By Amanda Perobelli and Leonardo Benassatto
BRASILIA (Reuters) -A Brazilian Supreme Court judge ordered the arrest on Tuesday of the capital's most recent public security chief after supporters of right-wing former President Jair Bolsonaro led a rampage through government buildings.
Justice Alexandre de Moraes ordered the arrest of Anderson Torres, who was Bolsonaro's justice minister before taking over this month as the public security chief for Brasilia, where thousands of protesters vandalized the Supreme Court, Congress and presidential offices on Sunday.
Torres, who was removed from office on Sunday, was not in the city when the riots occurred, having flown to Florida earlier this month. In a post on Twitter on Tuesday, he said he would return to Brazil from Orlando, where he was vacationing with his family, and turn himself in to justice.
Moraes also requested the arrest of Fabio Augusto Vieira, the head of Brasilia's military police, one of a number of officials responsible for protecting the key Brasilia government buildings. Vieira could not immediately be reached for comment.
Details of the charges leveled against the pair weren't immediately clear.
In the arrest warrant, Moraes cited their failure to ensure proper security forces were in place. He also cited their authorization of the entrance into the city of more than 100 buses with Bolsonaro supporters on board, and their failure to close down a camp at which the former president's loyalists had been gathering for months.
"In such a sensitive moment for Brazilian democracy, in which anti-democratic protests are occurring all day long, with the occupation of military buildings across the country, and in Brasilia, one cannot use the excuse of ignorance or incompetence," Moraes said in the arrest order, previously disclosed to Reuters by a person familiar with the matter.
A Reuters witness spotted police at the Torres family residence in an upscale Brasilia neighborhood, where a resident said they left carrying bags.
Across town, police set about questioning over 1,000 protesters after they were detained as troops dismantled their camp opposite the army's headquarters.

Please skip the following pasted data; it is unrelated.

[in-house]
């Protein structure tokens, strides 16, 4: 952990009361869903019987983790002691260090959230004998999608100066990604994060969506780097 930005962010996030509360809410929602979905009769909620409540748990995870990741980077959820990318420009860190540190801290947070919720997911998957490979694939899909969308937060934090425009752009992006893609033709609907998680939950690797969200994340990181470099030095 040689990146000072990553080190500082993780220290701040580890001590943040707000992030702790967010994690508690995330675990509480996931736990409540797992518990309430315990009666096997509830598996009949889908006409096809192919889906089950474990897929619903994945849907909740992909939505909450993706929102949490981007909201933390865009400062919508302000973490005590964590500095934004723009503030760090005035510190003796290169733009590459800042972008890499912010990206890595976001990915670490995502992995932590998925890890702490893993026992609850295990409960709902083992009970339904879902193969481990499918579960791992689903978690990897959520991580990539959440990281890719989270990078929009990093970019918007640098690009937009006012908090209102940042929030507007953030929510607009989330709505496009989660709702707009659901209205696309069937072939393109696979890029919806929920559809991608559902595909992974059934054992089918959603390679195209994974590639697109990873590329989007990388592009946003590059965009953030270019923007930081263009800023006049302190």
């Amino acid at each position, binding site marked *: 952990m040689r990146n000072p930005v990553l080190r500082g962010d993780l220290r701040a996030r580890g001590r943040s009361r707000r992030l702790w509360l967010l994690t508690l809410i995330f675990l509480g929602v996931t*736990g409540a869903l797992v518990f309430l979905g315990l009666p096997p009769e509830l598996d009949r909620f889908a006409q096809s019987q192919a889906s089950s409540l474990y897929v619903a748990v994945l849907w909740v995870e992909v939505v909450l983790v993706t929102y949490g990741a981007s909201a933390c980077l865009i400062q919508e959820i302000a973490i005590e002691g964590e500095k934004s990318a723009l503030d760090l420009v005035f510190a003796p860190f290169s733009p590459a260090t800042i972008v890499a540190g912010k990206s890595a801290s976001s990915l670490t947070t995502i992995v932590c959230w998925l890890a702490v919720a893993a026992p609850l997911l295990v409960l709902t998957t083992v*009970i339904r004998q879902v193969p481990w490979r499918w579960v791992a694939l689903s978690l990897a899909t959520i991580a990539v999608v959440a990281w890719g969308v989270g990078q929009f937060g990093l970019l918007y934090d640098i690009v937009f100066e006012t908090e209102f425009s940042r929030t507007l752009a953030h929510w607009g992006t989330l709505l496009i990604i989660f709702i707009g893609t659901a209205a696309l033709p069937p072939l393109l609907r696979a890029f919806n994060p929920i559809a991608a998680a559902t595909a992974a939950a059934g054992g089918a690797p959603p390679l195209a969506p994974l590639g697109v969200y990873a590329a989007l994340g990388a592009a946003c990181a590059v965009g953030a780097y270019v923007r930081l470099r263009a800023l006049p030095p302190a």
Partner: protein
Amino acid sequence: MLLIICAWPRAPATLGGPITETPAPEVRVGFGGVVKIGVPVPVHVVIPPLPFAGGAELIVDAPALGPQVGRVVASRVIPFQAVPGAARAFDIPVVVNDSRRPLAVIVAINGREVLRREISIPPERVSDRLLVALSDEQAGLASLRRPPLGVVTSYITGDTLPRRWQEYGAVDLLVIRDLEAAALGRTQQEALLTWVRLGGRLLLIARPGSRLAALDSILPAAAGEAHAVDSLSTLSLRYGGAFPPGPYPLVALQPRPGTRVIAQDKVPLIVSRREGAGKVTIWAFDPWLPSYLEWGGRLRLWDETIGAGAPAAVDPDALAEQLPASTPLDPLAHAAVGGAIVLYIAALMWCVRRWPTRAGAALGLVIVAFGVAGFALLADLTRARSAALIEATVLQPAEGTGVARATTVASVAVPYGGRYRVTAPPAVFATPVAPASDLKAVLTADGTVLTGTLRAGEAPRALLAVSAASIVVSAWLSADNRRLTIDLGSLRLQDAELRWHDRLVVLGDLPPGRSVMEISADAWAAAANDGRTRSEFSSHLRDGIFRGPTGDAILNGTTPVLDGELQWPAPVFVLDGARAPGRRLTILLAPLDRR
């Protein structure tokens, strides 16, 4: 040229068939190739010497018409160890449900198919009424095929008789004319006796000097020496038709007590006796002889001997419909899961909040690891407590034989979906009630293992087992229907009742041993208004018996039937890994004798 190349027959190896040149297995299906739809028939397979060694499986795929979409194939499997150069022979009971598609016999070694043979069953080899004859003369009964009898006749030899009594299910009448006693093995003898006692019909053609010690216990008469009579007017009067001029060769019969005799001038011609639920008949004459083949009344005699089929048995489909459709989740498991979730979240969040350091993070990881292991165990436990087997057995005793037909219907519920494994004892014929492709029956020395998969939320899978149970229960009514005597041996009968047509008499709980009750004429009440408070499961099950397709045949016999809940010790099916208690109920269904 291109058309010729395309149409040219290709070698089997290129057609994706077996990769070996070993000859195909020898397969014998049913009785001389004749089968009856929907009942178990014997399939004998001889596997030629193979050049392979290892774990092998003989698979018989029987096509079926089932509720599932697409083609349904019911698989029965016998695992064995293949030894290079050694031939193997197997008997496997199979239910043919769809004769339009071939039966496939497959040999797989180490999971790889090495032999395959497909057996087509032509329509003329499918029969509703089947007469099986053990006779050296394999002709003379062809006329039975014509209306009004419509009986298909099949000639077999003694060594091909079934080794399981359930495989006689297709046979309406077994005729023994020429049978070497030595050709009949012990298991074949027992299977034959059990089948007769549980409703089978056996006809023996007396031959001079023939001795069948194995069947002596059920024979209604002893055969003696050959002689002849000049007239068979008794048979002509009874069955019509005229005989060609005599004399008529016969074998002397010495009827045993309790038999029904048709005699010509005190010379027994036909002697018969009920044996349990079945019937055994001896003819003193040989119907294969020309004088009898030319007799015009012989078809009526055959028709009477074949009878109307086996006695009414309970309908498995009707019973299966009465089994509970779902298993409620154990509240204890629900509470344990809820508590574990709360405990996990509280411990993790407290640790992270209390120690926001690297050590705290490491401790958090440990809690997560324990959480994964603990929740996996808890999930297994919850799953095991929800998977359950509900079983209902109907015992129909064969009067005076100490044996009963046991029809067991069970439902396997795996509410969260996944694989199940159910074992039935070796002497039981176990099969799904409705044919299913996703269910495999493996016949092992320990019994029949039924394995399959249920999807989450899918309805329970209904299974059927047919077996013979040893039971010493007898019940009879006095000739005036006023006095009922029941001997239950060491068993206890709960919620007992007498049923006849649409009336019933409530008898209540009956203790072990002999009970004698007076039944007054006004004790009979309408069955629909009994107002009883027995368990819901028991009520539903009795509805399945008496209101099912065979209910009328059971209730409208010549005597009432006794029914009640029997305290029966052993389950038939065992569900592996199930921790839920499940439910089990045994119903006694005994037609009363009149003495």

Protesters at the camp had called for a military coup to overturn the October election in which leftist President Luiz Inacio Lula da Silva narrowly defeated Bolsonaro.
Moraes, who is running investigations of the "anti-democratic" demonstrations, vowed in a speech on Tuesday to combat the "terrorists" calling for a coup.
Yet the challenge of carrying out such an enormous criminal investigation into a loosely organized pro-Bolsonaro movement in the first weeks of a new government was already beginning to show.
Opposition Senator Marcos do Val, who has denounced the Brasilia attack as a blunder for the political right, told journalists outside the gym where the detainees were being held that many of them "are paying for being in the wrong place at the wrong time."
By late afternoon, 527 were arrested, while 599 detainees were released, most of them elderly people, mothers with children or people with health problems, said the police.
Around 200 other demonstrators were under arrest and awaiting charges in a penal facility for their role in Sunday's rampage, which vandalized some of the capital's most iconic buildings in the worst attack on Brazilian democracy in decades.
'NOTHING WAS DONE'
Investigations may also sprawl far beyond Brasilia. Pro-Bolsonaro militants discussed on social media their plans to disrupt highways and oil refineries to cause economic chaos in synch with their storming of the capital.
Brazilian energy company Eletrobras is investigating whether the collapse of two transmission towers was related to Sunday's violence in Brasilia, according to two sources familiar with the probe.
Eletrobras did not immediately respond to requests for comment. Its subsidiary, Eletronorte, released a statement on Monday about a fallen tower connecting rural communities in northern Brazil to the central grid, with "signs of sabotage."
The violence stunned Lula's government, which has been in office for barely a week, and could delay economic policy announcements that were planned for this week by an administration eager to show results.
On Monday night, Lula, who took office on Jan. 1, met with the head of the Supreme Court, congressional leaders and state governors in a show of national unity to condemn the riots.
Lula accused Bolsonaro's supporters of trying to overthrow democracy and questioned why the army had not discouraged calls for a military coup.
Bolsonaro, who flew to Florida 48 hours before his term ended, was released from an Orlando hospital where he had been admitted on Monday and was seen re-entering a residence late on Tuesday where he has been staying for most of his Florida trip.
It was not immediately clear whether Bolsonaro had met with Torres while in Florida.
Bolsonaro, 67, told CNN Brasil he may cut short his stay there due to his medical issues, returning to Brazil before the end of the month.
His son, Senator Flavio Bolsonaro, denied on Tuesday that the former president was responsible for the riots on Sunday.
"Since the election result he's been silent, licking his wounds, virtually incommunicado," he said in a session in the Senate.
Public prosecutors asked on Tuesday for a federal audit court to freeze the ex-president's assets in light of Sunday's vandalism – a move outside the traditional scope of that court.
(Additional reporting by Rodrigo Viga Gaier, Brad Brooks and Anthony Boadle; Editing by Brad Haynes, Aurora Ellis, Paul Simao and Kenneth Maxwell)